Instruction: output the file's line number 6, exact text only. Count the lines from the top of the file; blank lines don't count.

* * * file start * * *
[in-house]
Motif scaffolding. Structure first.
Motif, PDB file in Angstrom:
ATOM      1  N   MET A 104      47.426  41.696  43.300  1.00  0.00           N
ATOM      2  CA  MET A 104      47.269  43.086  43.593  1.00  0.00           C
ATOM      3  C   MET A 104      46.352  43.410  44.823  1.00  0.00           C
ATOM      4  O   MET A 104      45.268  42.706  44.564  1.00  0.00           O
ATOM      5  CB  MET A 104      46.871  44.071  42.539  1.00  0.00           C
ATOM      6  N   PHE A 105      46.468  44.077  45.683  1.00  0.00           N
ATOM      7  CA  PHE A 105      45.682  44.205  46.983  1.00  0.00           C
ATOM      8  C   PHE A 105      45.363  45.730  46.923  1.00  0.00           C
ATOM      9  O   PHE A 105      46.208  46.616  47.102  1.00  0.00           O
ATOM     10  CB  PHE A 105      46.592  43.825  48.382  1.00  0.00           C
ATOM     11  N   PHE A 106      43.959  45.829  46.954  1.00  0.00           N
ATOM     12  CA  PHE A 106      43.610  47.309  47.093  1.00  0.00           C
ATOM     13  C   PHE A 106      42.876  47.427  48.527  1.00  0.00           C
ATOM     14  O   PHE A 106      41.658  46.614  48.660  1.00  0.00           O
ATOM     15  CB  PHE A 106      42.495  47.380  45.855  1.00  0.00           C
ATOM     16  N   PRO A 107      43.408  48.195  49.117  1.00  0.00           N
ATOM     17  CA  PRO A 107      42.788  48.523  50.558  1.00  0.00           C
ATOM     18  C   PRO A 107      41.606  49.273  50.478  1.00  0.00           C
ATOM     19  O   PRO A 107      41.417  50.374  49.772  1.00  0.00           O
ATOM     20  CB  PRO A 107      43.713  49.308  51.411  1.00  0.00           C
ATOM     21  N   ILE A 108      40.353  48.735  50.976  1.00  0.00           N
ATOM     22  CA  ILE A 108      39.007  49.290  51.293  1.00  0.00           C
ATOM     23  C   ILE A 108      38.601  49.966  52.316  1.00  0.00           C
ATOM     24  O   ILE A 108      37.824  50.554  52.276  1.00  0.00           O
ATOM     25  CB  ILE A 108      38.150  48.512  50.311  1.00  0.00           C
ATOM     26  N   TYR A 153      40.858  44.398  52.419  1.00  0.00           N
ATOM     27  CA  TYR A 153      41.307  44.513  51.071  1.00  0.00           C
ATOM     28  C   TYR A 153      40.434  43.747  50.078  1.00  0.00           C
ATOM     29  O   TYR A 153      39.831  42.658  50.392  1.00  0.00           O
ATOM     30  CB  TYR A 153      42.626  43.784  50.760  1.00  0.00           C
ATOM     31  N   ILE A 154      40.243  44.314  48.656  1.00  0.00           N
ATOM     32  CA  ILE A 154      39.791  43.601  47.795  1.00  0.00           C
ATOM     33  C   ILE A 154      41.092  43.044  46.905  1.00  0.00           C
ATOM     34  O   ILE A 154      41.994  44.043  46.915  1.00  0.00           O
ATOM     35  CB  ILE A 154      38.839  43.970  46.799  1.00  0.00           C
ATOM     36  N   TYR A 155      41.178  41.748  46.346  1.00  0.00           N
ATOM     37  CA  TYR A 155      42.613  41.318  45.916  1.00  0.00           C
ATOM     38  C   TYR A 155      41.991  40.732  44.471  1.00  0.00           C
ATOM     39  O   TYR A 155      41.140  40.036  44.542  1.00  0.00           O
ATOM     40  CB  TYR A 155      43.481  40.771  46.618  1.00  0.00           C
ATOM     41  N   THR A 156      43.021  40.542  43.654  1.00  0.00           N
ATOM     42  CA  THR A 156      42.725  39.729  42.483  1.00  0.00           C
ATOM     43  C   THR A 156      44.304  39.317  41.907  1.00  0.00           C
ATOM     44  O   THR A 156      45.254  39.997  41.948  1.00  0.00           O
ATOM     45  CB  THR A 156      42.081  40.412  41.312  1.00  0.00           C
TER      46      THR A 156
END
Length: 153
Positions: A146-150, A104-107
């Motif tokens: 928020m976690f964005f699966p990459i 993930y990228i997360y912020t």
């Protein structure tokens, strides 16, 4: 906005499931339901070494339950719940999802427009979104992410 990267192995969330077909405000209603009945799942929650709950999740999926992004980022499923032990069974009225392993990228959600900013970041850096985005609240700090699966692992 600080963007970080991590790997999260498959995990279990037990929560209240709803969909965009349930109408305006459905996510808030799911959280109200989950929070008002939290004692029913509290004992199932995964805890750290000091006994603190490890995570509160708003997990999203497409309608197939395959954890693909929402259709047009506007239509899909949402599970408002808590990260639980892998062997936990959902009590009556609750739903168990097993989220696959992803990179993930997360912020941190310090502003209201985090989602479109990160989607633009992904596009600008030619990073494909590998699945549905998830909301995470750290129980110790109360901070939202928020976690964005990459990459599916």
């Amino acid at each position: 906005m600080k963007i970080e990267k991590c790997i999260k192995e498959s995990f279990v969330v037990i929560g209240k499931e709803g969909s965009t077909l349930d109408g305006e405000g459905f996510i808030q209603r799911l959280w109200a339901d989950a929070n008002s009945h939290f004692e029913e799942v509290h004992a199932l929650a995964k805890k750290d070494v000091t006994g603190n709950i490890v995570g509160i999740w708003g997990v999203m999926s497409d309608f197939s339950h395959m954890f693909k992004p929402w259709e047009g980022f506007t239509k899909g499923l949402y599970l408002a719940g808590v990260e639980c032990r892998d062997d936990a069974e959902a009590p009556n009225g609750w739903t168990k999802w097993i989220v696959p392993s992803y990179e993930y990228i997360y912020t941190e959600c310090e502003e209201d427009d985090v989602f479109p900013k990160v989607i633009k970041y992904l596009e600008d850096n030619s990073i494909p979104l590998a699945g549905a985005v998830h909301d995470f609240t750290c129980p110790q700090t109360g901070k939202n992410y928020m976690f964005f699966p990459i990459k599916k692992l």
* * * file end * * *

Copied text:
ATOM      3  C   MET A 104      46.352  43.410  44.823  1.00  0.00           C